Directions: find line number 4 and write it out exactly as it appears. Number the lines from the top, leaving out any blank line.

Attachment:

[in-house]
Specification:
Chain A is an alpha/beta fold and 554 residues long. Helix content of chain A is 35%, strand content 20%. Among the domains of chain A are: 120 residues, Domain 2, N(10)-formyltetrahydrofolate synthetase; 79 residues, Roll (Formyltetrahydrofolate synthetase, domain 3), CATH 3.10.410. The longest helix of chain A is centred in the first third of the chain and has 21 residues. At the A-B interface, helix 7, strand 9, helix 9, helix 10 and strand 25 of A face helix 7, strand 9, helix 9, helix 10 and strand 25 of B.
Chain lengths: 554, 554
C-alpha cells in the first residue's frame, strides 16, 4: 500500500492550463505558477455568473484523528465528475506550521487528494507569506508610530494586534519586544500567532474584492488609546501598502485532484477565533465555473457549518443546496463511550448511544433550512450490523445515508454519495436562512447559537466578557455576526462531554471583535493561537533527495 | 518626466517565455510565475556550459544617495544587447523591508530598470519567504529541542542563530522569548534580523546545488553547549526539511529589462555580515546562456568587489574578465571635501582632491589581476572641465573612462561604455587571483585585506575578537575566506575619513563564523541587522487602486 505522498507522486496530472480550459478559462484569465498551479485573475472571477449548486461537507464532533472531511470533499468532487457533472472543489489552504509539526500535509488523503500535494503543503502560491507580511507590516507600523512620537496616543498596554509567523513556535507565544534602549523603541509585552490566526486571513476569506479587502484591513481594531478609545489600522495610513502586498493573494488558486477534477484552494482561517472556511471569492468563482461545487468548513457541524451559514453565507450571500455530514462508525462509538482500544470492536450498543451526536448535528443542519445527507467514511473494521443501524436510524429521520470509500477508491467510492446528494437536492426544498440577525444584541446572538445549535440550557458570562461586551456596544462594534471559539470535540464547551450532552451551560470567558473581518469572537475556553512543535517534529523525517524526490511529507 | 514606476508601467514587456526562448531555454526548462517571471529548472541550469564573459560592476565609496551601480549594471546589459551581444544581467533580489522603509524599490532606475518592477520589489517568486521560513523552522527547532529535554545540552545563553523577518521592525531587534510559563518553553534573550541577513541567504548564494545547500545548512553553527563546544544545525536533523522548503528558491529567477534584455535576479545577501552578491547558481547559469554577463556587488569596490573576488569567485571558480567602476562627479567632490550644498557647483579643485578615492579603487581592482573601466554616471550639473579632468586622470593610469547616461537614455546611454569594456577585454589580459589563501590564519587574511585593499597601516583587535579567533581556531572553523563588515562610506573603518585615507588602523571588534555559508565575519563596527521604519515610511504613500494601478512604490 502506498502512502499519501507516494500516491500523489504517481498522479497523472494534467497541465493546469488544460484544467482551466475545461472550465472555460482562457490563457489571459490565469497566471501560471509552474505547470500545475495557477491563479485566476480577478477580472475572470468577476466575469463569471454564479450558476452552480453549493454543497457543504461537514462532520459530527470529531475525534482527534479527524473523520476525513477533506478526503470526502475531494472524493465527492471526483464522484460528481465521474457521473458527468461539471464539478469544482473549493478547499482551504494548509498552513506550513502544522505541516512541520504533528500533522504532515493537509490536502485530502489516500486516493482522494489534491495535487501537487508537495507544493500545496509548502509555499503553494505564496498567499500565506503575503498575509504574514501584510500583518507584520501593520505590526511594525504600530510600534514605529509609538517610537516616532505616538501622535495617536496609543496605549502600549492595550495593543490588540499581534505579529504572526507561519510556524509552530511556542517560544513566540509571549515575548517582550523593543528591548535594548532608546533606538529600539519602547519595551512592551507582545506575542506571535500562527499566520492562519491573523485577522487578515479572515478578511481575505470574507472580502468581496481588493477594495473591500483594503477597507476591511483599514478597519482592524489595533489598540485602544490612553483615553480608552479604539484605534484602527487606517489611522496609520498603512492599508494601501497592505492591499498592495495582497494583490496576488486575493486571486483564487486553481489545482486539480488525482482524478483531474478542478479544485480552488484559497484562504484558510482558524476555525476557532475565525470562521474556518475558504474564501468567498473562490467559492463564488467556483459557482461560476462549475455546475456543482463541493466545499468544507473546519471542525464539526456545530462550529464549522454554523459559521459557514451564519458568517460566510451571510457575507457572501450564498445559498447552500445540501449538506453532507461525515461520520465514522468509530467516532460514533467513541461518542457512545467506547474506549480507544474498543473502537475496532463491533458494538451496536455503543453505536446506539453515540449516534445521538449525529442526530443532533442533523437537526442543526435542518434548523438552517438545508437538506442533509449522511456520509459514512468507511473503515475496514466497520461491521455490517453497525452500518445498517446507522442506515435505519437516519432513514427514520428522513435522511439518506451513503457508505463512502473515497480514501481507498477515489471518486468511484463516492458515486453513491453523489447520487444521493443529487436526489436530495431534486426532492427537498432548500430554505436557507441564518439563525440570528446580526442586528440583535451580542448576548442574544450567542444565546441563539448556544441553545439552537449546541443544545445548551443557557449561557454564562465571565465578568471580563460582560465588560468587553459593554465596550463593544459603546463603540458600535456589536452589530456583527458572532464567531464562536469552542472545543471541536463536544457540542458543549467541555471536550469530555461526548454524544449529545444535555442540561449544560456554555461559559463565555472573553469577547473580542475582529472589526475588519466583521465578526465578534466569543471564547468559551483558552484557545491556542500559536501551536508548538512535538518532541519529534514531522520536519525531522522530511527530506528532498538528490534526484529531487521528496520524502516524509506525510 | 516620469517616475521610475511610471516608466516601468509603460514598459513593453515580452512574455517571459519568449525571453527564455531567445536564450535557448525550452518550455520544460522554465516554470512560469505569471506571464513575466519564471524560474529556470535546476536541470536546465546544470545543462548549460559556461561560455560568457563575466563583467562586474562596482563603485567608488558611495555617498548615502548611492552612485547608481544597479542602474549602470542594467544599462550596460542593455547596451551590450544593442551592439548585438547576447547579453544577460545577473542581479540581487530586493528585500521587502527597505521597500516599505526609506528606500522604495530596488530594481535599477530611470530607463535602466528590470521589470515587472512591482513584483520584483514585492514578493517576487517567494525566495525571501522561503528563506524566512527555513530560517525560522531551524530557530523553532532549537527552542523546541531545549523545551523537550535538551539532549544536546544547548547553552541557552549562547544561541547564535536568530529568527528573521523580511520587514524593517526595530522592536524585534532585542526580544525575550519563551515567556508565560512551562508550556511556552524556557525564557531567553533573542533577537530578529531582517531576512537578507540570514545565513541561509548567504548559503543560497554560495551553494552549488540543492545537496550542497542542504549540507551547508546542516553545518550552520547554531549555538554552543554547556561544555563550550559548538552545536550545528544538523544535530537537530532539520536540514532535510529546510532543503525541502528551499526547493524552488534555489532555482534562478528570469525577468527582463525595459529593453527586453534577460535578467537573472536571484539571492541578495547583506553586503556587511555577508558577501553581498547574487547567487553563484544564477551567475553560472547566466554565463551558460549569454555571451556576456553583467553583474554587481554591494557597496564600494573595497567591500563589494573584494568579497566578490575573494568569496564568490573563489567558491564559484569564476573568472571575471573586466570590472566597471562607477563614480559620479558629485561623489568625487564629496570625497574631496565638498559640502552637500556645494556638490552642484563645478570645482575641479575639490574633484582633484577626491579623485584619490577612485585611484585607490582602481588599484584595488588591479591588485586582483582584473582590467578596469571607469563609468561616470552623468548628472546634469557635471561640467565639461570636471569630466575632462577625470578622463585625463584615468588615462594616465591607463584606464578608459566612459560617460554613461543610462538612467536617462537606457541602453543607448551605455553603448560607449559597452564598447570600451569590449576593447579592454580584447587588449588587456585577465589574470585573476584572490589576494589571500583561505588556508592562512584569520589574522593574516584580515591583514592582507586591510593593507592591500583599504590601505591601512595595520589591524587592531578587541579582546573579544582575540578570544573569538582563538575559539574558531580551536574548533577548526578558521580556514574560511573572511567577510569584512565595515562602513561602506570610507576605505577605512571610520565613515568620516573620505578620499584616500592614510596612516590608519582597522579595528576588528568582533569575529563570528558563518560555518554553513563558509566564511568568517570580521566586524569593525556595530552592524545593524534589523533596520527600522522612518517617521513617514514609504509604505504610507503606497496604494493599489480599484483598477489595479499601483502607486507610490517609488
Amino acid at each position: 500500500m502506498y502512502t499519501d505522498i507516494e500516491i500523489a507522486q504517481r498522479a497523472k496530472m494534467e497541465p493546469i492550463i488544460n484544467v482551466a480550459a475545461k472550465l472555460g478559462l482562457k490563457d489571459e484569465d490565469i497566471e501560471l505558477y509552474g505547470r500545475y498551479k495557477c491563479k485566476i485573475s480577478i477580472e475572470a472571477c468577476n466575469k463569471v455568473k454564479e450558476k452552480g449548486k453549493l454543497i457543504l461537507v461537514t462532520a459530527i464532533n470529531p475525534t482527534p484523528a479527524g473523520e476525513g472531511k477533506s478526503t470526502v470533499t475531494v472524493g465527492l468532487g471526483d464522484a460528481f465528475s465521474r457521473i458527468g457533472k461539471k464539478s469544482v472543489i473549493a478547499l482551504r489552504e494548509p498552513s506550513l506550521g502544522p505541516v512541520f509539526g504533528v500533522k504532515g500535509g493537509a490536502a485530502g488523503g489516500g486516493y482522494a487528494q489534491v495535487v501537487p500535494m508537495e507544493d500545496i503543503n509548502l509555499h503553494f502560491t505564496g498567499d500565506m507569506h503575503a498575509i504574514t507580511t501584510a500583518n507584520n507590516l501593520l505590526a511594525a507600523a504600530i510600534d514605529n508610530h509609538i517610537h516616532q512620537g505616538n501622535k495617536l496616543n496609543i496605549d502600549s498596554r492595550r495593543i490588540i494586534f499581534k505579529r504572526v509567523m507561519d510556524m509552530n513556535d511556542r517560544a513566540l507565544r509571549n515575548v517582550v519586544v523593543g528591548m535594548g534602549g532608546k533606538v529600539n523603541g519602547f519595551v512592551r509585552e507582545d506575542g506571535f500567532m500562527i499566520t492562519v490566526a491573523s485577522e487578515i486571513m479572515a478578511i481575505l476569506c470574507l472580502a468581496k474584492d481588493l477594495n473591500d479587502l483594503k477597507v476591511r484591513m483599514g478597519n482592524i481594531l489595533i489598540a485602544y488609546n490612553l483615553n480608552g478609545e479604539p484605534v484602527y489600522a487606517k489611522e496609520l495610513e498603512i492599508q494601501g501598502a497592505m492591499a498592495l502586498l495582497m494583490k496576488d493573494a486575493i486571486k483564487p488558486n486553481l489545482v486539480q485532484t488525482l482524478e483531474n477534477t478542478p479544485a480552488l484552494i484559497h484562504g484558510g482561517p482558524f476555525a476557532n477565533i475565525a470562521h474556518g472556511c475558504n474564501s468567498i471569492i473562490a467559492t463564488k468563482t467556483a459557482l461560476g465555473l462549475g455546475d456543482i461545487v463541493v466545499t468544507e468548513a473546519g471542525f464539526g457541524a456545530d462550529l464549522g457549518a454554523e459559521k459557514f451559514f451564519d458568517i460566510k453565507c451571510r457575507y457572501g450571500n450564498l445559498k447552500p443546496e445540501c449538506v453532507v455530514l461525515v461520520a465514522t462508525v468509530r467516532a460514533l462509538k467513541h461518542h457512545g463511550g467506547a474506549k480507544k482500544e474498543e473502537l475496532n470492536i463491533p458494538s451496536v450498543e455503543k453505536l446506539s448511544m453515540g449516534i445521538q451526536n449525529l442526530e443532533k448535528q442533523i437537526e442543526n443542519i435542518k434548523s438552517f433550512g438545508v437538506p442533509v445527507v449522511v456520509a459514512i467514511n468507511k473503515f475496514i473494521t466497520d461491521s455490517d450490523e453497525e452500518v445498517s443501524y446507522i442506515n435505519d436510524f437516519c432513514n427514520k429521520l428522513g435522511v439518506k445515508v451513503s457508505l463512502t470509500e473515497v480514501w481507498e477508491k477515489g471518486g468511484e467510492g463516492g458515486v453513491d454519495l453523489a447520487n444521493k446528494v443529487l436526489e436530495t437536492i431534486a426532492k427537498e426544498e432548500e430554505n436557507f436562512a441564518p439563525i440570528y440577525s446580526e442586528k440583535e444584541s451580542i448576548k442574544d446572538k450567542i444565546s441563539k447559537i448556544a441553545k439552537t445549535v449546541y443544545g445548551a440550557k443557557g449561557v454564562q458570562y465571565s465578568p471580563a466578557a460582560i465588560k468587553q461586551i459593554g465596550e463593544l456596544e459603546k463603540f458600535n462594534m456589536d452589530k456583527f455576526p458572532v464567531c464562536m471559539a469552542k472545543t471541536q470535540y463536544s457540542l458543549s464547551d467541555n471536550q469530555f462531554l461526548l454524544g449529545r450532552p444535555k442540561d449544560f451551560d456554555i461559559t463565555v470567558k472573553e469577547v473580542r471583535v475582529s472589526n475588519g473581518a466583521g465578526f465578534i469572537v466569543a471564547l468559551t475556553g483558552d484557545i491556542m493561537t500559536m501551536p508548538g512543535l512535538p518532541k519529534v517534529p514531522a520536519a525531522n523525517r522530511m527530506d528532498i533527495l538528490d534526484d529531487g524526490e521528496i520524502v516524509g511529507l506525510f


Chain lengths: 554, 554